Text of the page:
The best possible scenario is to intervene before a person turns violent. If you see warning signs, do not hesitate to share your concerns with proper authorities. Response to an active shooter requires individual decision making. The emergency notification will provide the last known location of the threat, but the shooter might have moved. In most cases the best scenario is to barricade, meaning you should lock your office or room if able or move furniture that would prevent the shooter from entering your location. You should evacuate only if you are reasonably sure you know where the shooter is and you have a clear path to an exit.
Watch this video to learn about individual active shooter response.
Additional active shooter response videos:
- Boston College: Active Shooter Awareness
- SAIT: Survive an Active Shooting
- Ready Houtson: Run, Hide, Fight (Covers the Department of Homeland Security funded Run, Hide, Fight response)
Active Shooter Response Actions
- Have an escape plan in mind.
- If you are outside a building near the threat, go to the nearest cover immediately.
- If you are inside the building and are confident you know the shooter’s location and have a clear path to an exit, evacuate immediately and take others with you if possible.
- Prevent others from entering the building.
- Keep your hands empty and visible and follow all instructions from police.
- Tell police anything you know about the shooter (location, weapons, etc).
If you are inside a building and the shooter(s) location is unknown, the safest option is normally to barricade.
If you are unsure that you can safely exit the building, secure the area by following these tips:
- Lock and barricade doors with heavy furniture
- Stay away from doors or windows
- Turn off lights
- Block windows
- Turn off radios and computer monitors
- Keep yourself out of sight (take cover/protection from bullets by using concrete walls or heavy furniture)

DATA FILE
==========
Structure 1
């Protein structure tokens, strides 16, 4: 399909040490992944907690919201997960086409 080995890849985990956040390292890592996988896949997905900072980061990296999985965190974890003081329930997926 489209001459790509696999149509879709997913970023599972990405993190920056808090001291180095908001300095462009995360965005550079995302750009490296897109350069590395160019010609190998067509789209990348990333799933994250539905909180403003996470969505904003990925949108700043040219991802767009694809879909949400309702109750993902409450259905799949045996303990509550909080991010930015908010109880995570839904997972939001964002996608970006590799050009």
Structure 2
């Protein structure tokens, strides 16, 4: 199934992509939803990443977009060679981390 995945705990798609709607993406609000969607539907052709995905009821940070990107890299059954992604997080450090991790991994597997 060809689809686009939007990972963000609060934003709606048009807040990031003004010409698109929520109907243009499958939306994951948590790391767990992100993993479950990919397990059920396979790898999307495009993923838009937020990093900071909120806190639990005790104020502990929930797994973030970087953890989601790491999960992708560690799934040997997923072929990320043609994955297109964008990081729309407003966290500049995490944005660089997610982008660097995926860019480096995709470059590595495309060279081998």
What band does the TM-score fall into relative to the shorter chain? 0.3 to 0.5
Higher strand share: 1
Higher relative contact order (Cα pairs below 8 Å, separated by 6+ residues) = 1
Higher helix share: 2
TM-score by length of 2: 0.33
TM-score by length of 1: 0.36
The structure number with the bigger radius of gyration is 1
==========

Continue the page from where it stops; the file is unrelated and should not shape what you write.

- Silence your cell phone
Quietly report to 911:
- Your specific location
- Number of people at your location
- Number of injured and types of injuries
- Assailant(s) – location, number of suspects, race/gender, clothing description, physical features, types of weapons, backpack, shooter’s identity (if known), separate explosions from gunfire, etc.
- If you cannot speak, leave the line open and allow the dispatcher to listen
Attempt to stop the attacker by:
- Working as a group if possible
- Improvising weapons
- Committing to your actions
- Acting with physical aggression
Be Prepared for the Police Response
- Follow all instructions given by police officers.
- Understand that the first actions by police will be to address the threat.
- Make sure your empty hands are in plain view.
- Tell police any information you know about the shooter.
Self-report for Tracking
- Attempt to contact your immediate family. (It is good practice to designate a common point of contact that your family and friends know to call.)
- Provide information to university officials for rosters upon request.
- Register on the emergency database (Reconnect) designed to share information in an emergency.